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Article Contributed by Kara Masterson

Planning to take that crucial first step towards becoming a new business owner? If you build your business properly, there’s no limit to how successful you could be. It’s unlikely that you’re going to “get rich quick,” but if you’re willing to put in the work and you know what you’re doing, it’s certainly possible to create the business of your dreams.

When you’re a budding entrepreneur, knowledge is power. It’s important to learn from both the successes and failures of previous business owners. Here are four pointers to get you started on the right track.

Find Your Unique Selling Proposition

Your unique selling proposition (USP) is how you differentiate your business from its competition. If you don’t have one, why would a customer choose you over all their other options?

Think about what you can offer to your customers that your competition doesn’t have. Maybe that’s a special product feature – M&M’s set themselves apart by using a hard sugar coating to prevent their chocolates from melting. Or it could be your pricing – Southwest Airlines did this by offering no fees on your first two checked bags at a time when all other airlines were going the opposite direction.

Take Your Time Putting Together Your Business Plan

Too many entrepreneurs are in a rush to get their businesses launched and spend minimal time on their business plans as a result. Then, they waste time and money on issues that could have been avoided with proper planning.

Your business plan should include your USP, your startup costs, your target market, your profitability estimates and your plans for the early stages of the business. You should spend at least a day putting this together, and you may want to spend a week putting it together and revising it.

Surround Yourself with the Right People

There’s a saying that you are the average of the five or six people you surround yourself with the most. If those people are ambitious and have positive mindsets, they will likely help you succeed. If they’re lazy and negative, they’ll only hold you back from achieving your dreams.

It’s especially important to find the right people in terms of business partners and employees. You want people who are just as driven as you are and who you can trust. When you’re launching a business, you also need to find people who have versatile skillsets and can fulfill many different roles.

Hone in on Your Target Market

Just like you need to know what your business offers that’s unique, you also need to know who exactly you’re targeting with your products or services. The more you narrow this down, the better, because it makes your marketing easier. You wouldn’t use the same marketing methods on teenagers that you would on senior citizens, which is why you need a precise target market.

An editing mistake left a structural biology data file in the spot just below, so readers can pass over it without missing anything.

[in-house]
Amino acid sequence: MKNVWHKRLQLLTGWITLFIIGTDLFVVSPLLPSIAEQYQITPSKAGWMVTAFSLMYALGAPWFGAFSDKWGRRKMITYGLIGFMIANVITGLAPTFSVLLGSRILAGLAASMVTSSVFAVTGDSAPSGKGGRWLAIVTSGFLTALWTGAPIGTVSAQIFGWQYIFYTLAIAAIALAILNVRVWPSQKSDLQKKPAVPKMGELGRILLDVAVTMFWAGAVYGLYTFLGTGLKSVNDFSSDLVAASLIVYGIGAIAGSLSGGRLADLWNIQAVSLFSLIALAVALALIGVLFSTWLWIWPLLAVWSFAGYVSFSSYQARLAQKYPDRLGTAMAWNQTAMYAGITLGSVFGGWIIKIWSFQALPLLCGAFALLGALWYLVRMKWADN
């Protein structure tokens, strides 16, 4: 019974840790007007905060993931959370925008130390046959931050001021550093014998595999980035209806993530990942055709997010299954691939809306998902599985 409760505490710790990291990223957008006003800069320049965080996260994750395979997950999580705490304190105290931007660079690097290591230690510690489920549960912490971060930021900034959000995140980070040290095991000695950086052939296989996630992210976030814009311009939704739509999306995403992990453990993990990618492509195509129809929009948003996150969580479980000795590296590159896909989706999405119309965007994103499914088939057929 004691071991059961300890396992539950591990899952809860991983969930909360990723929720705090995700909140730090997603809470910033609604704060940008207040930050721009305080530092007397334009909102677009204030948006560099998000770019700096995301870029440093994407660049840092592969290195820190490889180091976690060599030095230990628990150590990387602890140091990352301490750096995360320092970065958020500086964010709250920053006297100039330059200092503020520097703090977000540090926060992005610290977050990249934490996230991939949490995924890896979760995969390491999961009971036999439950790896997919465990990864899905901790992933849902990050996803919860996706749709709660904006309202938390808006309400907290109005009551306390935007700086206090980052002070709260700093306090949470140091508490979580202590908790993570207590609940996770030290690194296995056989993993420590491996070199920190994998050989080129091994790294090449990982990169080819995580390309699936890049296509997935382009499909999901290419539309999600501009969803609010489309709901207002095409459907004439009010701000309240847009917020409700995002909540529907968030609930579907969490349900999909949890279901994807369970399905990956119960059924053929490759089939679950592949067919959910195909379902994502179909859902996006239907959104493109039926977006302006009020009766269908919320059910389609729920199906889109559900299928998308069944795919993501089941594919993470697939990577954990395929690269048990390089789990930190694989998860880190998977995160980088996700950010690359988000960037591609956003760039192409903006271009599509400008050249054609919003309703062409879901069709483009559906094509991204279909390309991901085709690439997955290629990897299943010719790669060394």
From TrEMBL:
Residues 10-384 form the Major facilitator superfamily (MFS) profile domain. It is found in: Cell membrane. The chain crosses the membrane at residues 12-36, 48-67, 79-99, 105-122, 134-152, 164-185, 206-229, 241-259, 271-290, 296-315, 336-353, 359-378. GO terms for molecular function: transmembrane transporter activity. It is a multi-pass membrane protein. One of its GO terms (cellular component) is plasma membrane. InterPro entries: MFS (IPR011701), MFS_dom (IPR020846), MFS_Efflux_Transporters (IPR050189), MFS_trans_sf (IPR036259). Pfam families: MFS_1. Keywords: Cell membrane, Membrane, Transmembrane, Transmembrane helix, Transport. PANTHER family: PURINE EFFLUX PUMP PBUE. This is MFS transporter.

An example of a target market that would be far too broad is “women ages 18 to 45.” You’d want to narrow that down to something like “women ages 24 to 32 with a bachelor’s degree or higher and annual income of $60,000 to $100,000,” which will give you a more specific profile to use as the focus of your marketing efforts.

You shouldn’t be afraid to make mistakes when it comes to starting a business, but you shouldn’t be eager to make them, either. Remember that even large and successful companies with a history of good customer service can have their names dragged through the mud, like during the supposed ACN scam, so a little adversity is to be expected. When you keep these four pointers in mind as you start your business, you can avoid some of the most common mistakes and have a far better chance at success.


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Article Contributed by Noah Y. Rue

It’s no secret that starting a new business is stressful. There’s a lot to plan for, a lot to pay for, and an endless stream of potentially unforeseen circumstances.

It’s also easier than ever to start a small business, and that means more people are doing it. Not without cause, either! 91 percent of startup founders surveyed by First Round Capital agree that now is a great time to start a small business.

More people starting businesses equals more competition among entrepreneurs. The pressure is on to create a profitable business that will outlast the others in the market. In the frenzy of getting your doors open, it can be easy to get caught up in the immediacy of it all and forget to forecast for the future.

If you just focus on the present, though, and don’t have a plan for scaling your business up as you grow, you may make it past opening day and then have no direction. While you’re dotting the i’s and crossing the t’s on your business plan, keep a few things in mind to set you up for success down the road.

Plan for Efficiency

Nothing will curtail your business like spending time and energy when you don’t have to. It may seem simple (and cost effective) to just do everything yourself, but it can lead to major pitfalls down the road.